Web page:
|First Line:||For the glories of God's grace|
|Title:||For the Glories of God's Grace|
|Versifier:||Marie J. Post (1985)|
|Scripture:||2 Corinthians 5; 2 Corinthians 5:21|
|Topic:||Biblical Names & Places: Adam; Biblical Names & Places: Calvary; Biblical Names & Places: Satan2 more...|
|Copyright:||Text © 1987, CRC Publications|
|Arranger:||John Wilkes (1861)|
|Source:||Freylinghausen's Geistreiches Gesangbuch, 1704|
all st. = 2 Cor. 5:18-21
In 2 Corinthians 5: 18-21 the apostle Paul concludes a description of the ministry of reconciliation: we who have received God's reconciliation through Christ now have the joyful task of being God's agents of reconciliation in the world. So we urge others to believe and join us in singing, “We are reconciled to God.” Marie J. Post (PHH 5) composed a poetic summary of this Scripture passage in 1985.
During the service of confession and forgiveness; worship services focusing on justification.
--Psalter Hymnal Handbook
The tune MONKLAND has a fascinating if complex history. Rooted in a tune for the text "Fahre fort" in Johann A. Freylinghausen's (PHH 34) famous hymnal, Geistreiches Gesangbuch (1704), it then was significantly altered by John Antes (b. Frederick, PA, 1740; d. Bristol, England, 1811) in a Moravian manuscript, A Collection of Hymn Tunes (c. 1800). Antes was a missionary, watchmaker, business manager, and composer. Born near the Moravian community of Bethlehem, Pennsylvania, he was trained at the Moravian boys' school and later received religious education and further training as a watchmaker in Herrnhut, Germany. From 1770 to 1781 he served as a missionary in Egypt and from 1783 until his death was the business manager of the Moravian community in Fullneck, England. Although music was his avocation, Antes was a fine composer and musician. Among his compositions are a number of anthems, several string trios, and over fifty hymn tunes.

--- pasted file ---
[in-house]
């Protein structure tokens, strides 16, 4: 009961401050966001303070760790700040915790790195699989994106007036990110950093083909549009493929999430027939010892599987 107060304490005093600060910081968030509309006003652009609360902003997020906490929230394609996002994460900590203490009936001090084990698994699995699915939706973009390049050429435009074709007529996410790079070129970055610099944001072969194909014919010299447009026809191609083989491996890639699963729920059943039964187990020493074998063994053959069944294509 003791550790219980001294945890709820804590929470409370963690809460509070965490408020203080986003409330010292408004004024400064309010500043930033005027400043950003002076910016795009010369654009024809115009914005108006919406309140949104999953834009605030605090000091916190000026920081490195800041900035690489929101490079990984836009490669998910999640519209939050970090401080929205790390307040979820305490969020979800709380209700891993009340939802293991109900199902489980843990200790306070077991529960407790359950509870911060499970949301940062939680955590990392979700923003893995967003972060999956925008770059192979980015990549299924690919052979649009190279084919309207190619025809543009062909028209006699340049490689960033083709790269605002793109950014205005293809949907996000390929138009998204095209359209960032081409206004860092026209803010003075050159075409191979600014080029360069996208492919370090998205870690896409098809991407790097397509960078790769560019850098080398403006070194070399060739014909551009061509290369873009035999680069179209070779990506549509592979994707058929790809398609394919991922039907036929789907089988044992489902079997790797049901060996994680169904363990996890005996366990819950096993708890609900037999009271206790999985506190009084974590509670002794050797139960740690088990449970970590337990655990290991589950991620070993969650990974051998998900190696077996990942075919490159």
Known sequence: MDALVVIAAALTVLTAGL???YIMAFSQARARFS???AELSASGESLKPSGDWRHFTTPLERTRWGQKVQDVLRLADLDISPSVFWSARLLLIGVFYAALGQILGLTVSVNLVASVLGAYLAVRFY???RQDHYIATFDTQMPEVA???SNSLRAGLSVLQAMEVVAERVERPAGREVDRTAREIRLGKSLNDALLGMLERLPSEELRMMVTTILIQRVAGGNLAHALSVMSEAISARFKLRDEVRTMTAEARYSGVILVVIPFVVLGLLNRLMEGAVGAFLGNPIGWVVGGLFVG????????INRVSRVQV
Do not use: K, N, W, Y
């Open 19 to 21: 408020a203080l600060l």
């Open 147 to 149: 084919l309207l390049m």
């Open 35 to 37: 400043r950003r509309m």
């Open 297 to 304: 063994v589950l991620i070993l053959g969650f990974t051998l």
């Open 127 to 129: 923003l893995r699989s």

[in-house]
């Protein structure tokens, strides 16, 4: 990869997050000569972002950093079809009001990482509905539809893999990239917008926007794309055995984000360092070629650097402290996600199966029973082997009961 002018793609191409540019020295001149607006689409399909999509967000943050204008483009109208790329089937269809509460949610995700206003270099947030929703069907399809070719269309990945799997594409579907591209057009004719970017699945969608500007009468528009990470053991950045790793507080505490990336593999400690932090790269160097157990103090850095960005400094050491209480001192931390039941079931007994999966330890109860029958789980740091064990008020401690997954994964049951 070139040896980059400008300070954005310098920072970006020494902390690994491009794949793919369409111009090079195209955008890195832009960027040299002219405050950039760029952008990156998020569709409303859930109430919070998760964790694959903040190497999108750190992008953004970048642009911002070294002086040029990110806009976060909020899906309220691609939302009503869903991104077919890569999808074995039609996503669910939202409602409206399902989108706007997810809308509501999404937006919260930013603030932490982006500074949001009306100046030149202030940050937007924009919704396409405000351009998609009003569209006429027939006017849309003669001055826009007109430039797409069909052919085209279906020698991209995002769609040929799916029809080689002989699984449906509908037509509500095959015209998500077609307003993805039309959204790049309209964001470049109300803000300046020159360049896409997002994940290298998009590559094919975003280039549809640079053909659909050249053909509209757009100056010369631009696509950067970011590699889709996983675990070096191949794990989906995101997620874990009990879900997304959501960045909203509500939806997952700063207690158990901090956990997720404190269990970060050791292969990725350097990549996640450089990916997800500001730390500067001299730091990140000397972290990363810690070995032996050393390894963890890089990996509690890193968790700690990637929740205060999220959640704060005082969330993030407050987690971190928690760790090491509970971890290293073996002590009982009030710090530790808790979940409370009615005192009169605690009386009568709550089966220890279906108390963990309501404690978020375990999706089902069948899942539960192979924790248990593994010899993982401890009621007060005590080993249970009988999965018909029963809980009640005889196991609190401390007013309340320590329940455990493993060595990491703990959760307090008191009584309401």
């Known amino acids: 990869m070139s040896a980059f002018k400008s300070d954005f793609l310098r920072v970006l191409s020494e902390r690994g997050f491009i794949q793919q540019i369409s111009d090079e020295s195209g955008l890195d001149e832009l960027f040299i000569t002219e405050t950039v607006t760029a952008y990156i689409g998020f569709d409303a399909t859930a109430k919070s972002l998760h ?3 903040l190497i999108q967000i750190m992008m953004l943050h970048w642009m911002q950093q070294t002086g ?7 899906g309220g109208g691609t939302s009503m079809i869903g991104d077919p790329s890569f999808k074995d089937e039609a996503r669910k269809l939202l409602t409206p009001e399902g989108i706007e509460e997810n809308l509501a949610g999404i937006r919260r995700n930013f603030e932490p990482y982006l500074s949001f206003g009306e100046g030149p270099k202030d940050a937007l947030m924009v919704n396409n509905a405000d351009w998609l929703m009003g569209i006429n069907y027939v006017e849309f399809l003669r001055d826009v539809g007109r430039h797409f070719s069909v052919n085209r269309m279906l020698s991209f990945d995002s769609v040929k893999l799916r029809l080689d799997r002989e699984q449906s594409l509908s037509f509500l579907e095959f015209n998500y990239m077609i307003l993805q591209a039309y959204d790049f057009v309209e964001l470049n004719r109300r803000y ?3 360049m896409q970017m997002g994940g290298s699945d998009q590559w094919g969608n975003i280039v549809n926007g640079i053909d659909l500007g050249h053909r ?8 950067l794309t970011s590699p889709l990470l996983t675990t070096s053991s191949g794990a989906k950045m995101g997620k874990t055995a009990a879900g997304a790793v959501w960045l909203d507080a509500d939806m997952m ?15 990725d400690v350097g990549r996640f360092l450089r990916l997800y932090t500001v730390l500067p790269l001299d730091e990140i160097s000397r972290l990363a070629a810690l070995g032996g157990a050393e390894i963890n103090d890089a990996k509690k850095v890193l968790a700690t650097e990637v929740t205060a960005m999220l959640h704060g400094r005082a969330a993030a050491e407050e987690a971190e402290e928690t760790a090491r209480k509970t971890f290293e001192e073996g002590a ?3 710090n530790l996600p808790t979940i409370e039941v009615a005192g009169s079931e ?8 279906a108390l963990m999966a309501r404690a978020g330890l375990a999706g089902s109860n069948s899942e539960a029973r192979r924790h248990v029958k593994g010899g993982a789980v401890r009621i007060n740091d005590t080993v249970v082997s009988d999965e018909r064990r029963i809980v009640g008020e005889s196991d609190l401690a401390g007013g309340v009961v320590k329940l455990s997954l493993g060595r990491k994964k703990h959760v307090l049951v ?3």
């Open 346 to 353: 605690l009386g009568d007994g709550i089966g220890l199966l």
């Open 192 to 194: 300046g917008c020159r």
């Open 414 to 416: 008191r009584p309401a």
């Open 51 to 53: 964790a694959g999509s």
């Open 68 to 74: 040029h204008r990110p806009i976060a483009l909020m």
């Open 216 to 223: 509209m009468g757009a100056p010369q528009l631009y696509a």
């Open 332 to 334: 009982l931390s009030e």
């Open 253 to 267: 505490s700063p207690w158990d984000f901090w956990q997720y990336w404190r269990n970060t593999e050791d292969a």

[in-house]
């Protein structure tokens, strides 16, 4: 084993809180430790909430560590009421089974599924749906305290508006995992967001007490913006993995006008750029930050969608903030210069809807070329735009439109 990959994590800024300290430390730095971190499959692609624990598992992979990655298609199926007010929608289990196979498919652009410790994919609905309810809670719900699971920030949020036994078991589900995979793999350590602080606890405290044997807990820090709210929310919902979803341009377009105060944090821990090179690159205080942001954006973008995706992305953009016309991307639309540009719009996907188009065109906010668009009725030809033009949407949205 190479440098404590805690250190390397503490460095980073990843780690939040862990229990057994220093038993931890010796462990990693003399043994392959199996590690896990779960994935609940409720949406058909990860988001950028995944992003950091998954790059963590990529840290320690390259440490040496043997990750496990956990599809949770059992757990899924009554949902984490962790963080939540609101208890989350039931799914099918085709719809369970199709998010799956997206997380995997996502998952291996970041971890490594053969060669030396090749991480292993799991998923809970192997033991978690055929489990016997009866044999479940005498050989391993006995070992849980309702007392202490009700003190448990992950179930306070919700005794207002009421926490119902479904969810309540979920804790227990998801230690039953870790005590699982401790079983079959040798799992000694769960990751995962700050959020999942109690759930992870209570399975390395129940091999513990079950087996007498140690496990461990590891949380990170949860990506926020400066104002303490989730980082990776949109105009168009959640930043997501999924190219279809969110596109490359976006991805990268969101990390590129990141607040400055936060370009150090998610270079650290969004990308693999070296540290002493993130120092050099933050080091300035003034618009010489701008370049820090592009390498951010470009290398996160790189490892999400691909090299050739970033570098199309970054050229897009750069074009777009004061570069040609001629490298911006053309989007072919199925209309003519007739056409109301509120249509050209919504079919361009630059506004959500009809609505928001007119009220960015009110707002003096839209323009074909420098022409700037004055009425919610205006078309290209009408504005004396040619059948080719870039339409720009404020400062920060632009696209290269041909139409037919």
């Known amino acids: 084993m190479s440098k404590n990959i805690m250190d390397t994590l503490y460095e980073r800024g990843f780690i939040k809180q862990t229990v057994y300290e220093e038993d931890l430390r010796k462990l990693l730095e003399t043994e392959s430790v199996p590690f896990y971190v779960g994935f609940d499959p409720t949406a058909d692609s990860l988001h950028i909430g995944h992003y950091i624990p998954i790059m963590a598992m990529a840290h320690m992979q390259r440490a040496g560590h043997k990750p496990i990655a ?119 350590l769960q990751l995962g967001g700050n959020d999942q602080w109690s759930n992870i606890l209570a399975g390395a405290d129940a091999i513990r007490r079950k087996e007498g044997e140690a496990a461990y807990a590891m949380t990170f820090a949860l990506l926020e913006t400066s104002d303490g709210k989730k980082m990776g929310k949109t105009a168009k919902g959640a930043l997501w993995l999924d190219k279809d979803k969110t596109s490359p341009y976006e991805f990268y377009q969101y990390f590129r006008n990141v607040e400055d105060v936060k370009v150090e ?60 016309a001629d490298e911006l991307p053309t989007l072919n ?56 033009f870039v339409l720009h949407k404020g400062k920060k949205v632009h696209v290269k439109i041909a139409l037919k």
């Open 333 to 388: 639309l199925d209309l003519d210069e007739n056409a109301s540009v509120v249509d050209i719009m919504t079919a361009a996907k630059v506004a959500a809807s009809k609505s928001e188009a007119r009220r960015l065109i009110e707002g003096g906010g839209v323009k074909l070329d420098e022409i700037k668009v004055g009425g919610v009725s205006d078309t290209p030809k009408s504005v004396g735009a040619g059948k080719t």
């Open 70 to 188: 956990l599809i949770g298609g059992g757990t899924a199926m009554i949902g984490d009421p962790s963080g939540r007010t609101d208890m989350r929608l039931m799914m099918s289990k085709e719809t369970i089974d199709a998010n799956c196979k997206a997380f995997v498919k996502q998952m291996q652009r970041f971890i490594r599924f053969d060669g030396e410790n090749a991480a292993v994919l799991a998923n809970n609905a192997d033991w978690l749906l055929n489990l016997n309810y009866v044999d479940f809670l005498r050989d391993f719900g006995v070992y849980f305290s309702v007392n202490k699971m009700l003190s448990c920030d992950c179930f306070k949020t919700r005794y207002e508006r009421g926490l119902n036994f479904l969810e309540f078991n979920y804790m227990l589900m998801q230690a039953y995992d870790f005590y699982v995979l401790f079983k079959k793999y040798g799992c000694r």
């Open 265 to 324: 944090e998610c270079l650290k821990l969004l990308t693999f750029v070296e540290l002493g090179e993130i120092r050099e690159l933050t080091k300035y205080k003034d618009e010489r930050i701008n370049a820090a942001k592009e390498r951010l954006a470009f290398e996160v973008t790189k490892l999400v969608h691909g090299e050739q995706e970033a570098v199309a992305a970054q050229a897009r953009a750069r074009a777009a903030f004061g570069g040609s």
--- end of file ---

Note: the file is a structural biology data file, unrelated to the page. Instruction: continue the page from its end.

MONKLAND received its present shape at the hands of John Lees in another Moravian hymnal, Hymn Tunes of the United Brethren (1824). From there John Wilkes (b. England, date unknown; d. England, 1882) simplified it and introduced it to Henry W. Baker (PHH 342), who published it in the English Hymns Ancient and Modern (1861) to his own harvest-theme text, "Praise, O Praise Our God and King." Wilkes named the tune after the village where he was organist and Baker was vicar–Monkland–located near Leominster in Herefordshire, England. Wilkes died around 1882; he should not be confused with the better-known John Bernard Wilkes (1785-1869).
MONKLAND's well-designed melodic contour is a good match for the text. Sing the tune in parts, except on the refrain line, which is appropriately sung in unison.
--Psalter Hymnal Handbook
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